Posts Tagged ‘banning’

book-burn

 

Joe Giambrone

 

I’m now inclined to side with Jimmy Dore, who sided with Donald Trump over the question of Twitter’s arbitrary application of censorship, although Trump wasn’t actually censored at the time. Trump did bring up the legalities of Twitter stepping in to decide what was permitted or not. Trump’s dispute arose over a simple warning tag that Twitter placed over his Tweet—not its removal—and most certainly not his entire removal from the platform. Twitter’s so-called legal “Safe Harbor” is predicated on the company not interfering in its users’ communications and therefore having zero liability for what is posted there. But they DO interfere to a growing extent, and this interference is both arbitrary and accelerating.

I have been removed from the platform not for spreading fake news, and most certainly not for violent threats to anyone, but rather for calling those who do spread disinformation a forbidden word. The word itself is now a deadly mine, and so don’t type it. The language police, those nameless, faceless, unaccountable rodents in the festering, subterranean bowels of Twitter Inc. have erased this word from the English language. Take heed. If you type this word—it doesn’t matter the context—you may be booted from Twitter instantly without any recourse and all the connections you’ve forged there severed forever.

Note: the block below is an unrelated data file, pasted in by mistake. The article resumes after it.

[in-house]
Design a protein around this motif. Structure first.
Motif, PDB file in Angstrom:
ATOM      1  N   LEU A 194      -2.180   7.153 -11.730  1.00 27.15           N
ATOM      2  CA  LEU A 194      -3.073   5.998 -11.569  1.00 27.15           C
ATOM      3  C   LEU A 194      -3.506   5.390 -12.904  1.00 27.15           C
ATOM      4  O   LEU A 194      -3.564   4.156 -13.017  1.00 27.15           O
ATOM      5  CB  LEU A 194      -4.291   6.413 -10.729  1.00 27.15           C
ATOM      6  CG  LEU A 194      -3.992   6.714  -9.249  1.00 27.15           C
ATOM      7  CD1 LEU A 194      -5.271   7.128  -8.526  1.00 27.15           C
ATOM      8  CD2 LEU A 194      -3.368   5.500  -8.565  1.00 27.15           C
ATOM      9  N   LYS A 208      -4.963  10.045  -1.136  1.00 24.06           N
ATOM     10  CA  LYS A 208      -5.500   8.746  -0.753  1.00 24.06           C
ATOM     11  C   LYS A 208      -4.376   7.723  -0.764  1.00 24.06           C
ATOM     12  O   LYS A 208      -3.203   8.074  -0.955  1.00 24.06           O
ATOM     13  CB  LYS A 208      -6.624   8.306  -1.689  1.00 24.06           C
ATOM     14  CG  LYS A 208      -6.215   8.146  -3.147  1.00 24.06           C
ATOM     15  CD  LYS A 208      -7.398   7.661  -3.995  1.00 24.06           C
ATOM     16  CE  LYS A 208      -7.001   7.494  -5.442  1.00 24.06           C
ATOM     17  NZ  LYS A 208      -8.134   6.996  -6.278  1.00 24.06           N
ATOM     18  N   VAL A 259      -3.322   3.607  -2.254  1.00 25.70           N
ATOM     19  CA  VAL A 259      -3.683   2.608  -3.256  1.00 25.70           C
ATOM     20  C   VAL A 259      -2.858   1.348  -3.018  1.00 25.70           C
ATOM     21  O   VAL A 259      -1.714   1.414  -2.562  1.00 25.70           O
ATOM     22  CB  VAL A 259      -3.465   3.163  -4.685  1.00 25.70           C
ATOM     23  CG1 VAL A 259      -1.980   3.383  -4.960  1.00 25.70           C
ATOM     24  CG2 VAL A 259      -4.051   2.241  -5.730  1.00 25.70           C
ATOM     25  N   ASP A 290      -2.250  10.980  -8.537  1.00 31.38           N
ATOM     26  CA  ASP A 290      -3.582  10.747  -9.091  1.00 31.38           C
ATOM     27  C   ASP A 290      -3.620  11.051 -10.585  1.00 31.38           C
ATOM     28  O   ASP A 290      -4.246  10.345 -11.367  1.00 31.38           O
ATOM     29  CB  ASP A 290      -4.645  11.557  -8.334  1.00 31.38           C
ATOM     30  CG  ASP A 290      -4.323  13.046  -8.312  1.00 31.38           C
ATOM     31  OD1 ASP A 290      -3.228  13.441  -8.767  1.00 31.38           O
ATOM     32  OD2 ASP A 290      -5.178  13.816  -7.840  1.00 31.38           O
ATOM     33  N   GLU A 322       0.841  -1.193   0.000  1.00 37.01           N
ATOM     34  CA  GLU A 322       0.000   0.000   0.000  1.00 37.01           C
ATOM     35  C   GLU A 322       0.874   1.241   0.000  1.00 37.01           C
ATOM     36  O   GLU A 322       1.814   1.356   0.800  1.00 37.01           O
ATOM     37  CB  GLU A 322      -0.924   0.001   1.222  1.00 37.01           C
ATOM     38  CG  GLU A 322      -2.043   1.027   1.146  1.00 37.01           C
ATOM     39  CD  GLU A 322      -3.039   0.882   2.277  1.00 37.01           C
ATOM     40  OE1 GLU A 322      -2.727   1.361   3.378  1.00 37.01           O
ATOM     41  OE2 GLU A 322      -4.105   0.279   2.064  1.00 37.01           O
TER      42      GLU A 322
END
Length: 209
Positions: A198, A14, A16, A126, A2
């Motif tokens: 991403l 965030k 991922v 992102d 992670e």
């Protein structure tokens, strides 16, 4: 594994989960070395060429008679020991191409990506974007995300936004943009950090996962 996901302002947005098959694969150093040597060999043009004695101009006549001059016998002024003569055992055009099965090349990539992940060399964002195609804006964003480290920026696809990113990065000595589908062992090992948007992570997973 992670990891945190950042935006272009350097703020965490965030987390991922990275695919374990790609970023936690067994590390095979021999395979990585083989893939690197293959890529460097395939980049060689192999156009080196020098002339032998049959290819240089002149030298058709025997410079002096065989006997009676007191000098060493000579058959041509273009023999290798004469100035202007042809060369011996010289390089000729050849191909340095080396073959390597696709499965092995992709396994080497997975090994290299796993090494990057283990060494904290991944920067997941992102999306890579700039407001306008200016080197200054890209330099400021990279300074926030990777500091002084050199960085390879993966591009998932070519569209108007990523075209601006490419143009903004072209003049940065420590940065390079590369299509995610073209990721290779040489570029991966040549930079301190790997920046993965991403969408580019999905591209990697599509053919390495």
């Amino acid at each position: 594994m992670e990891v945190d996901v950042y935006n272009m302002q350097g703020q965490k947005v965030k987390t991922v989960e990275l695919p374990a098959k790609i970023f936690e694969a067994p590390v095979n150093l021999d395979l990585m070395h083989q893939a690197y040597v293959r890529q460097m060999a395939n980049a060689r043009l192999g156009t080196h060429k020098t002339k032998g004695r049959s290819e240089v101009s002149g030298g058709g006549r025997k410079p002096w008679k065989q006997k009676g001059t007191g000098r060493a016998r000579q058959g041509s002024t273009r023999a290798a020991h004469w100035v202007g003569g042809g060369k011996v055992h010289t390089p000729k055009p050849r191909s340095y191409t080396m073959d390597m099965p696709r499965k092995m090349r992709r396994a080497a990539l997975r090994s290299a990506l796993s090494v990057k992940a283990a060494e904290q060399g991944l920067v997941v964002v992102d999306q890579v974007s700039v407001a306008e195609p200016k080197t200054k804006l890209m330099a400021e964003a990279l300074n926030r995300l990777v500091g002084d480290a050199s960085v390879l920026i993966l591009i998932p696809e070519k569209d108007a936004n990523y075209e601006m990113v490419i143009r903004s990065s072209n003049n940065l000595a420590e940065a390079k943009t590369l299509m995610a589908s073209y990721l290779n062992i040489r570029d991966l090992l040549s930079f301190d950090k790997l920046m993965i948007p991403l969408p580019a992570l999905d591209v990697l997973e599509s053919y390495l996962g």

A little backstory: language is vast and sprawling. Slang terms have been around for centuries and are a perfectly valid usage. If anonymous censors were held to account, they’d have to justify why they were attacking some accounts and not others for saying the same things. That is the area where Twitter has no standing: the hypocrisy, the selective enforcement, the double-standard, the deliberate misreading of a word.

So, here is the offending Tweet:

 

Your retarded fanbase refuses to wear masks, and is therefore spreading it recklessly. Number of total cases is up, and it isn’t going away, silly propagandist.”

 

Analyzing this verboten message, the only conceivable problem (for a P.C. Fanatic) must be the single word “retarded.” Twitter was under no obligation to explain exactly why the communication was of such a sinister nature that my entire account, history, and followers list had to be instantly destroyed and thrown down the Memory Hole.

So, let’s accept that calling a mentally handicapped person “retarded” would probably be rude, offensive, and unnecessary. That still doesn’t rise to the level of “hateful,” not unless someone was calling for euthanasia against the handicapped—as I’m sure some others on the platform undoubtedly do.